Storytelling may help reduce delirium in hospitalized elderly patients

Arts experiences may help hospitalized patients at risk of delirium.

delirium streamArtist-in-residence Elizabeth Vander Kamp laughs with a patient during an Arts in Medicine visit.Many hospitalized patients, especially older adults, are at risk of developing delirium, a risk that is increased by the presence of cognitive, functional, visual or hearing impairment or depression.

Performing arts programs that include storytelling and poetry may be beneficial in lowering that risk, suggests a study from the University of Alabama at Birmingham.

Storytelling and poetry/monologue recitation are forms of arts-based experiences designed to enhance healing. These activities provide cognitive stimulation and may be beneficial, says Katrina Booth, M.D., a physician and medical director in the UAB Acute Care for Elders unit and a study co-author. 

“There are no proven medication options to prevent delirium, so the only prevention is to optimize the patient’s physical and mental health with non-medications,” Booth said. “For each prevented case of delirium, the health care system saves $2,500. Services like UAB’s Arts in Medicine program should be available in all health care systems and are truly a complement to traditional medical care.”

The study, published in Innovation in Aging, is the first to evaluate this association between a bedside storytelling intervention delivered by artists-in-residence and changes in measures of cognitive dysfunction in hospitalized older adults, to the best of Booth and her co-authors’ knowledge. Research is an important goal for the AIM program, and more research on arts interventions is anticipated.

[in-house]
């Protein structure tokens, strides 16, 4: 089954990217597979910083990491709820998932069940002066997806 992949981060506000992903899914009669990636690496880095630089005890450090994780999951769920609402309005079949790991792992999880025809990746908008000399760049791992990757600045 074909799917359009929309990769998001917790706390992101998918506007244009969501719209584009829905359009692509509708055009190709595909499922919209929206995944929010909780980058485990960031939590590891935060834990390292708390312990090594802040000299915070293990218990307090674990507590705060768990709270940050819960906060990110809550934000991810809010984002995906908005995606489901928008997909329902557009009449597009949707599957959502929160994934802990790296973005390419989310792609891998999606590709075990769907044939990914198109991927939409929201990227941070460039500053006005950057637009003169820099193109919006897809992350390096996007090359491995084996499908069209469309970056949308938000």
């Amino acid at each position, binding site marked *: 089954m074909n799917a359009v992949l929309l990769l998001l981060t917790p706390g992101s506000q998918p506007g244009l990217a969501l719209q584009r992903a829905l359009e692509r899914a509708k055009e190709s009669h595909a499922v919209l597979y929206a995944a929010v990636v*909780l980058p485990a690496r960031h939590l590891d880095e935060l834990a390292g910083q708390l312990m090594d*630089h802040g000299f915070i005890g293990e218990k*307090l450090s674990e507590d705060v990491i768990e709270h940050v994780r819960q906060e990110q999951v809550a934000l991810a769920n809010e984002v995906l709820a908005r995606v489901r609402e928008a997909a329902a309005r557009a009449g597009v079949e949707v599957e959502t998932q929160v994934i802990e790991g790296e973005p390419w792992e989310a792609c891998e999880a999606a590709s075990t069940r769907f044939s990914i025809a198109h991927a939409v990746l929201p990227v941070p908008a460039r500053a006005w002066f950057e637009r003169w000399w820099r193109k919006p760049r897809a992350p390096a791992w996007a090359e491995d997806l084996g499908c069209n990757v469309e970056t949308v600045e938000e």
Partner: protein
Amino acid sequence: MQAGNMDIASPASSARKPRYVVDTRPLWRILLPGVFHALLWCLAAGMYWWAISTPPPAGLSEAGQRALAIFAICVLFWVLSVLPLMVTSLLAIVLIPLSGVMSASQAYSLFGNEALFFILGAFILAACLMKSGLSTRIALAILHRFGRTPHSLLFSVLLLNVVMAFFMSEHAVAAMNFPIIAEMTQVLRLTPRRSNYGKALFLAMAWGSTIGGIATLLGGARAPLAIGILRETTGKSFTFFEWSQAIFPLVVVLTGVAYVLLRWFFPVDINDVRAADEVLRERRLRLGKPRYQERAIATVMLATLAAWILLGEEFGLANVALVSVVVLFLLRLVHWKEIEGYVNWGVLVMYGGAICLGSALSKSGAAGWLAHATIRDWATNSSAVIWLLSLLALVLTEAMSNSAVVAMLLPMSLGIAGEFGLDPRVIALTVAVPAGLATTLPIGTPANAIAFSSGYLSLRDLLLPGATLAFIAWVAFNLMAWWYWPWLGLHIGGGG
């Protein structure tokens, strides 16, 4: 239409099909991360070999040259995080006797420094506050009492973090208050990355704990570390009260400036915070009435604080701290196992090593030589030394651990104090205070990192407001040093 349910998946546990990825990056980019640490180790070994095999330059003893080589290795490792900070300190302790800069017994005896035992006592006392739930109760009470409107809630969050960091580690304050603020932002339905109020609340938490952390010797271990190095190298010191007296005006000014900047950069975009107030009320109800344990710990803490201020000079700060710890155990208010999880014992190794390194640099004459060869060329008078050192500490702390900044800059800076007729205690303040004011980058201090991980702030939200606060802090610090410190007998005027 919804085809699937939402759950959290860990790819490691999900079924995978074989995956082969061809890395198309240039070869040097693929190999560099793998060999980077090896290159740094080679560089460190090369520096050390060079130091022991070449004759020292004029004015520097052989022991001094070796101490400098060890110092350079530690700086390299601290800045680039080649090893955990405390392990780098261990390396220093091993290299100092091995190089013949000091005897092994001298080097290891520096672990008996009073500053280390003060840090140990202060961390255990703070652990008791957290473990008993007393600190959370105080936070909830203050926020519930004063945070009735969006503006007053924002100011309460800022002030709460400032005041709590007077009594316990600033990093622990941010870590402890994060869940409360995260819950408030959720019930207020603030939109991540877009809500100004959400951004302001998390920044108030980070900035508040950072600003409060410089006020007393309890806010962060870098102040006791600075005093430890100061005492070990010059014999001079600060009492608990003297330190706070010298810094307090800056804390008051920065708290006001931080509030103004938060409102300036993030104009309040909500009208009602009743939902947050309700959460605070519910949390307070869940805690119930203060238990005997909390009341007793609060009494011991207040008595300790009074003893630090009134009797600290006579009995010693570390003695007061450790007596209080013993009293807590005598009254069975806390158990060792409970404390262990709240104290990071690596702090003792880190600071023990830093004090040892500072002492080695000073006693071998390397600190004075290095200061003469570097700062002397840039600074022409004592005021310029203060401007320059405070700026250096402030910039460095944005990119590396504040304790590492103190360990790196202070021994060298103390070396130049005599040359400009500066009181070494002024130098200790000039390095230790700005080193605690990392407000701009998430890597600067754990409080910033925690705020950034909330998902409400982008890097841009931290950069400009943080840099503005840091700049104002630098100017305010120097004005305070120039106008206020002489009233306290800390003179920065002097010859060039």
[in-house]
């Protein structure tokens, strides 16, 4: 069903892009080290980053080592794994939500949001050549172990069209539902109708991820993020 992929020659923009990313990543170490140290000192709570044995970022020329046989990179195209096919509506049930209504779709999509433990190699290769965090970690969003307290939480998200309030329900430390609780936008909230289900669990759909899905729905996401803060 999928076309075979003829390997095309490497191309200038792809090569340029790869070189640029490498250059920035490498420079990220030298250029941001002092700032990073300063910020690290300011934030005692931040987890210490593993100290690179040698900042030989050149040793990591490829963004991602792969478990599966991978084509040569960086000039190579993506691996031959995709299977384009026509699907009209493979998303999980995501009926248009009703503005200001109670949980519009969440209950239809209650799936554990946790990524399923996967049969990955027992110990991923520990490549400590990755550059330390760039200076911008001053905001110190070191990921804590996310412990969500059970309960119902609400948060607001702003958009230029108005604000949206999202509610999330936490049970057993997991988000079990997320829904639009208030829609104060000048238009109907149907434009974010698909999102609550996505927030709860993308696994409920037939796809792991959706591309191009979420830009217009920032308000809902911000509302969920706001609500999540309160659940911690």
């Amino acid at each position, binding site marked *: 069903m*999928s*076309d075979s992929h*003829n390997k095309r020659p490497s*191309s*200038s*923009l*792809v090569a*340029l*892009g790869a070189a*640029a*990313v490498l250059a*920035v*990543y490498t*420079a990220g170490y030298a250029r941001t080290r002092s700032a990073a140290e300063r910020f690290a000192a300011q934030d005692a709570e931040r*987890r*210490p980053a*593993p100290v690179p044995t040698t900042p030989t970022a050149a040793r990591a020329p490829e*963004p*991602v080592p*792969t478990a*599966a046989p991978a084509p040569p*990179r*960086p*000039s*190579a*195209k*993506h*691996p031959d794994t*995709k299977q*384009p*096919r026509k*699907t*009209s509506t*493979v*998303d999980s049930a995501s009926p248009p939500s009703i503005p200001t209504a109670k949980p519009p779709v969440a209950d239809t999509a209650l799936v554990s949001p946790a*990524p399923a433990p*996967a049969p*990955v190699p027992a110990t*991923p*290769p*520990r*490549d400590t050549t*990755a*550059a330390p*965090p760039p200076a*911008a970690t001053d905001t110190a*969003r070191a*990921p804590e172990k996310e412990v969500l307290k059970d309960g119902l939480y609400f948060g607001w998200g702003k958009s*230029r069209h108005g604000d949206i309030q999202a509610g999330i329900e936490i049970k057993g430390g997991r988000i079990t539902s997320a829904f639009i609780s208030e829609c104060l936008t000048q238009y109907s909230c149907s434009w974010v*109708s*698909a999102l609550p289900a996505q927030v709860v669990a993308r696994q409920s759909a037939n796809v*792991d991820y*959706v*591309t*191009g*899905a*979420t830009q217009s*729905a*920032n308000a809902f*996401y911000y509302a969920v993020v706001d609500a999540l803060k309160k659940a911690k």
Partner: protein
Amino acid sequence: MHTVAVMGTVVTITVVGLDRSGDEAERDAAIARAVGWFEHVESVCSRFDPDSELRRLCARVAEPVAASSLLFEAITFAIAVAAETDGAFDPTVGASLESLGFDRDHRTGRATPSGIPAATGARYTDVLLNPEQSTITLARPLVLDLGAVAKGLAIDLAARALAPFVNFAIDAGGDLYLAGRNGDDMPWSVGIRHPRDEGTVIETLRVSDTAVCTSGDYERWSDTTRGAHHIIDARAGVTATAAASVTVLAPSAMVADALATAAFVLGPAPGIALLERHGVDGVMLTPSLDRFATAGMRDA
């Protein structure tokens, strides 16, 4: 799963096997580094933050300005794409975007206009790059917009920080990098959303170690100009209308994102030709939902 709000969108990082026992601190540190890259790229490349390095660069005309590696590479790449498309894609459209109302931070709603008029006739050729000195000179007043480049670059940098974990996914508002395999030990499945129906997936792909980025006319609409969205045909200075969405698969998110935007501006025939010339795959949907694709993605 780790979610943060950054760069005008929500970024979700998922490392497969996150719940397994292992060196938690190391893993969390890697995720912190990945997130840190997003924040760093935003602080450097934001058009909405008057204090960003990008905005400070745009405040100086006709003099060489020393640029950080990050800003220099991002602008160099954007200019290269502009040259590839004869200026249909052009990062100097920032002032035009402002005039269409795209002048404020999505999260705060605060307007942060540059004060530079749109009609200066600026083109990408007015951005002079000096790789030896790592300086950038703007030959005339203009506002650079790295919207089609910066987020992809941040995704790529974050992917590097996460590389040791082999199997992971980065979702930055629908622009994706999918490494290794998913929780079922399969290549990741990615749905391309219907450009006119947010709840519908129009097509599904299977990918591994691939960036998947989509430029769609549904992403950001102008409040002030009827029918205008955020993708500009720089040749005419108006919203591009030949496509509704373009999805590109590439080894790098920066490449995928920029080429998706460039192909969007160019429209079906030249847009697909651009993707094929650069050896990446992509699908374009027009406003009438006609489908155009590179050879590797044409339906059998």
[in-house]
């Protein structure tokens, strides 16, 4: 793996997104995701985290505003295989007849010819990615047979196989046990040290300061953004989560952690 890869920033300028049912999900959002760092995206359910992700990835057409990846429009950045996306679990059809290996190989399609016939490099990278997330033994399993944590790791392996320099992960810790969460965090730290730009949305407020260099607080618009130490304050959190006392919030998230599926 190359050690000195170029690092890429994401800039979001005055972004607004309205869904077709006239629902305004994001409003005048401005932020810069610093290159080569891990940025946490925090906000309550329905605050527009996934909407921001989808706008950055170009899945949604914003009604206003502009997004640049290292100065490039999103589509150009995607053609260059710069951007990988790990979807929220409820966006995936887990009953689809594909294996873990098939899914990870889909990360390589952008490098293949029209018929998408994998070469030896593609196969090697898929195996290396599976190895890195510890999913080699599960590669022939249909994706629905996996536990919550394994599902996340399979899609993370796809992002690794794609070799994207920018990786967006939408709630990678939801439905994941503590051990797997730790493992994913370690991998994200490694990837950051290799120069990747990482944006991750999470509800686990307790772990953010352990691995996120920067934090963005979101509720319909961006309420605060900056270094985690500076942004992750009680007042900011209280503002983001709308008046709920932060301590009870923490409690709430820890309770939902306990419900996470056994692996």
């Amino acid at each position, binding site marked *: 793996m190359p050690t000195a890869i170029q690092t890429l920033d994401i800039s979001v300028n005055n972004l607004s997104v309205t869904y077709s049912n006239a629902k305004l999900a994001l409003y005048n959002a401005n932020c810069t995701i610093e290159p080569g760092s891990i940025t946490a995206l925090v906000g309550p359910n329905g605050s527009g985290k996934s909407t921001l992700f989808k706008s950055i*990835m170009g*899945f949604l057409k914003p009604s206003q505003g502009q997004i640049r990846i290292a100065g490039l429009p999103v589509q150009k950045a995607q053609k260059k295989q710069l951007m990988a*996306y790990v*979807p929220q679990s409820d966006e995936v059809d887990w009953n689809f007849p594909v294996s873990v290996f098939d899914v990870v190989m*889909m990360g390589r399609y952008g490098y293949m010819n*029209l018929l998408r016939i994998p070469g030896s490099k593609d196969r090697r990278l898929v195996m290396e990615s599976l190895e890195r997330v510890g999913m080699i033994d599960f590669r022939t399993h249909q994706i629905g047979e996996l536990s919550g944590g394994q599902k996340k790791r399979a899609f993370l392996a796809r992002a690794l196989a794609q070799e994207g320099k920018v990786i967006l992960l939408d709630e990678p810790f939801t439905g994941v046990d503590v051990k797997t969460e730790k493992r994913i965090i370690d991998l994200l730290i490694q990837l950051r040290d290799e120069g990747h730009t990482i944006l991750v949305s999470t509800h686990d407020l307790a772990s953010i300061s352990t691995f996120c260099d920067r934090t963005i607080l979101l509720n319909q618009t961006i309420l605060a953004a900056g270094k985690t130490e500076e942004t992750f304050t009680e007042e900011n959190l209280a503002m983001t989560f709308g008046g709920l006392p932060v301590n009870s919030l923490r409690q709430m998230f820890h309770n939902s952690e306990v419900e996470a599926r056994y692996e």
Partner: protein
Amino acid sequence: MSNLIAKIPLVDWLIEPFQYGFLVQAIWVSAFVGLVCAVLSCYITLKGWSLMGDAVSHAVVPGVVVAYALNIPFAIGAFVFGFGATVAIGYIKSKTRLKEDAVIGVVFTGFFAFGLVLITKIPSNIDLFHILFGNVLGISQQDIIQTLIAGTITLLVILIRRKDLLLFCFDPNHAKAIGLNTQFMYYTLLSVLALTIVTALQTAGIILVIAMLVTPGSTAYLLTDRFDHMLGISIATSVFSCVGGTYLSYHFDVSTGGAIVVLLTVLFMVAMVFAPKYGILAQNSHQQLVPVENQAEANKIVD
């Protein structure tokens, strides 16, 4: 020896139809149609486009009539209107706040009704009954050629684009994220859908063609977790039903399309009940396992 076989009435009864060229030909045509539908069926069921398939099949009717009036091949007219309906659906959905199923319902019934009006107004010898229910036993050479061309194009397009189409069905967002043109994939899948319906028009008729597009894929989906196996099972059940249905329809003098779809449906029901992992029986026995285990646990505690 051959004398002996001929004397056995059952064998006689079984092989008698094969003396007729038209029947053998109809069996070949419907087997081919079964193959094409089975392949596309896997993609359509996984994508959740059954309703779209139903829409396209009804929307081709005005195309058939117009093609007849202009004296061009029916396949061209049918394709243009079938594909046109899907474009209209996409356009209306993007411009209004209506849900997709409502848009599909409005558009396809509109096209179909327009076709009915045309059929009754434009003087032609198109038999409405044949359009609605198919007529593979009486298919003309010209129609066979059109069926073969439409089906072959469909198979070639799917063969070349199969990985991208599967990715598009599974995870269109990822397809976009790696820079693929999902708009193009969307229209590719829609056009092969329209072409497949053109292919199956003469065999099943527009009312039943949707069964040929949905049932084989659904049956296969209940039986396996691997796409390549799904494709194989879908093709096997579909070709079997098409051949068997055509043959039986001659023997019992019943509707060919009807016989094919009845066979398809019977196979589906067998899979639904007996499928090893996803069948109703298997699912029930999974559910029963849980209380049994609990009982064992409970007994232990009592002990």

The pilot study of 50 patients age 65 or older was conducted in the UAB ACE unit at UAB Highlands Hospital in 2016. Two artists-in-residence, part of UAB’s Institute for Arts in Medicine, visited the patients once for 15 minutes of bedside storytelling or poetry during their hospital stay. Patients were asked if they would like to hear a story or poem, and could choose the type, whether it be religious, humorous, a folk or fairy tale, or a legend or myth. The session was designed to be interactive, with the patient’s having the opportunity to reflect on the story or poem and share stories from his or her own life.

The effect of the experience on delirium screening scores and patient satisfaction was evaluated and found that an artist-in-residence-delivered storytelling/poetry experience was associated with a lower delirium score at discharge. The result remained significant after adjusting for age, baseline cognitive impairment and general well-being. Patients with severe agitation or delirium, those who needed medication for delirium, and those who refused or did not want to participate were excluded.

Arts in medicine programs have emerged as a patient-centered approach that aims to improve health-related quality of life for patients in hospitals. Despite advances in the management of delirium, pain, distress and anxiety in the elderly population in hospitals across the country, there are challenges that still remain, says lead study author Maria Danila, M.D., associate professor of medicine in the Division of Clinical Immunology and Rheumatology.

“Arts in medicine programs have opened doors to different ways to promote a healing environment,” Danila said. “The results of our study suggest that the arts in medicine program was well-received and may assist patients with their recovery. Such arts in medicine programs may be beneficial to patients across the health system, and are an exciting addition to the UAB’s healing opportunities.”

The UAB Arts in Medicine program, initiated in 2013, is a partnership between UAB Medicine and UAB’s Alys Stephens Performing Arts Center and aims to transform the health care environment and enhance healing and wellness for patients, visitors and staff through creative arts experiences.